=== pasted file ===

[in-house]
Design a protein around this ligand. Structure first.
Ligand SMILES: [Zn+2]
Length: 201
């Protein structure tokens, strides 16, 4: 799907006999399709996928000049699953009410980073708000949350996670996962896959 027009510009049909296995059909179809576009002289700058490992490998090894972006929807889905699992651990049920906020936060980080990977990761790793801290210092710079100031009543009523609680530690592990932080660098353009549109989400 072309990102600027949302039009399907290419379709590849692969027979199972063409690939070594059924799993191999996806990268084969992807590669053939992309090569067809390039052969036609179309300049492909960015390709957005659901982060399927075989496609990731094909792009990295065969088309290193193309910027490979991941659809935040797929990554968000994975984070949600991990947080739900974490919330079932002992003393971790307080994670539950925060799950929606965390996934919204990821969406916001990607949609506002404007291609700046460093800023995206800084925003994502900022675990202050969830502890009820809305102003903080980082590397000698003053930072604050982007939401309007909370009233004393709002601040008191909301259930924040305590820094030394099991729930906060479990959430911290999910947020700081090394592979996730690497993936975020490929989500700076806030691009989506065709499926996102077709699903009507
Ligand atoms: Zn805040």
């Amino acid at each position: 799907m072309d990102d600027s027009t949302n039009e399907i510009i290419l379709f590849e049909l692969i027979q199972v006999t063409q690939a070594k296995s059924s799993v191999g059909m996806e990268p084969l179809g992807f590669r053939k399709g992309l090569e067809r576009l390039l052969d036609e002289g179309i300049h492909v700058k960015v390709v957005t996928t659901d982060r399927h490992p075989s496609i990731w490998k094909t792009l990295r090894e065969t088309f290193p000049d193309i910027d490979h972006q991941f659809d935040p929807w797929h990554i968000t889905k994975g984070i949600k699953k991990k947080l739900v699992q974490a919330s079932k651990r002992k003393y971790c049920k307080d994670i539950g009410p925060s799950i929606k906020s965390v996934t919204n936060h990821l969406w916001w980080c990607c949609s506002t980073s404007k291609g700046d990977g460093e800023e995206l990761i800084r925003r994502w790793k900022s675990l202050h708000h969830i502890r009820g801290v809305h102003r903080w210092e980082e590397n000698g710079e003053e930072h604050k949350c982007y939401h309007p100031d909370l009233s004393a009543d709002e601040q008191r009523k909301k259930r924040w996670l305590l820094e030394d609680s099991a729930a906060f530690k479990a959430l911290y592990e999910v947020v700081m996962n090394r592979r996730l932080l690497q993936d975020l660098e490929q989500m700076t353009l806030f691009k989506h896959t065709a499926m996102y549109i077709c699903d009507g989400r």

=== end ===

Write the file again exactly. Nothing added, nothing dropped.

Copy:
[in-house]
Design a protein around this ligand. Structure first.
Ligand SMILES: [Zn+2]
Length: 201
């Protein structure tokens, strides 16, 4: 799907006999399709996928000049699953009410980073708000949350996670996962896959 027009510009049909296995059909179809576009002289700058490992490998090894972006929807889905699992651990049920906020936060980080990977990761790793801290210092710079100031009543009523609680530690592990932080660098353009549109989400 072309990102600027949302039009399907290419379709590849692969027979199972063409690939070594059924799993191999996806990268084969992807590669053939992309090569067809390039052969036609179309300049492909960015390709957005659901982060399927075989496609990731094909792009990295065969088309290193193309910027490979991941659809935040797929990554968000994975984070949600991990947080739900974490919330079932002992003393971790307080994670539950925060799950929606965390996934919204990821969406916001990607949609506002404007291609700046460093800023995206800084925003994502900022675990202050969830502890009820809305102003903080980082590397000698003053930072604050982007939401309007909370009233004393709002601040008191909301259930924040305590820094030394099991729930906060479990959430911290999910947020700081090394592979996730690497993936975020490929989500700076806030691009989506065709499926996102077709699903009507
Ligand atoms: Zn805040």
């Amino acid at each position: 799907m072309d990102d600027s027009t949302n039009e399907i510009i290419l379709f590849e049909l692969i027979q199972v006999t063409q690939a070594k296995s059924s799993v191999g059909m996806e990268p084969l179809g992807f590669r053939k399709g992309l090569e067809r576009l390039l052969d036609e002289g179309i300049h492909v700058k960015v390709v957005t996928t659901d982060r399927h490992p075989s496609i990731w490998k094909t792009l990295r090894e065969t088309f290193p000049d193309i910027d490979h972006q991941f659809d935040p929807w797929h990554i968000t889905k994975g984070i949600k699953k991990k947080l739900v699992q974490a919330s079932k651990r002992k003393y971790c049920k307080d994670i539950g009410p925060s799950i929606k906020s965390v996934t919204n936060h990821l969406w916001w980080c990607c949609s506002t980073s404007k291609g700046d990977g460093e800023e995206l990761i800084r925003r994502w790793k900022s675990l202050h708000h969830i502890r009820g801290v809305h102003r903080w210092e980082e590397n000698g710079e003053e930072h604050k949350c982007y939401h309007p100031d909370l009233s004393a009543d709002e601040q008191r009523k909301k259930r924040w996670l305590l820094e030394d609680s099991a729930a906060f530690k479990a959430l911290y592990e999910v947020v700081m996962n090394r592979r996730l932080l690497q993936d975020l660098e490929q989500m700076t353009l806030f691009k989506h896959t065709a499926m996102y549109i077709c699903d009507g989400r």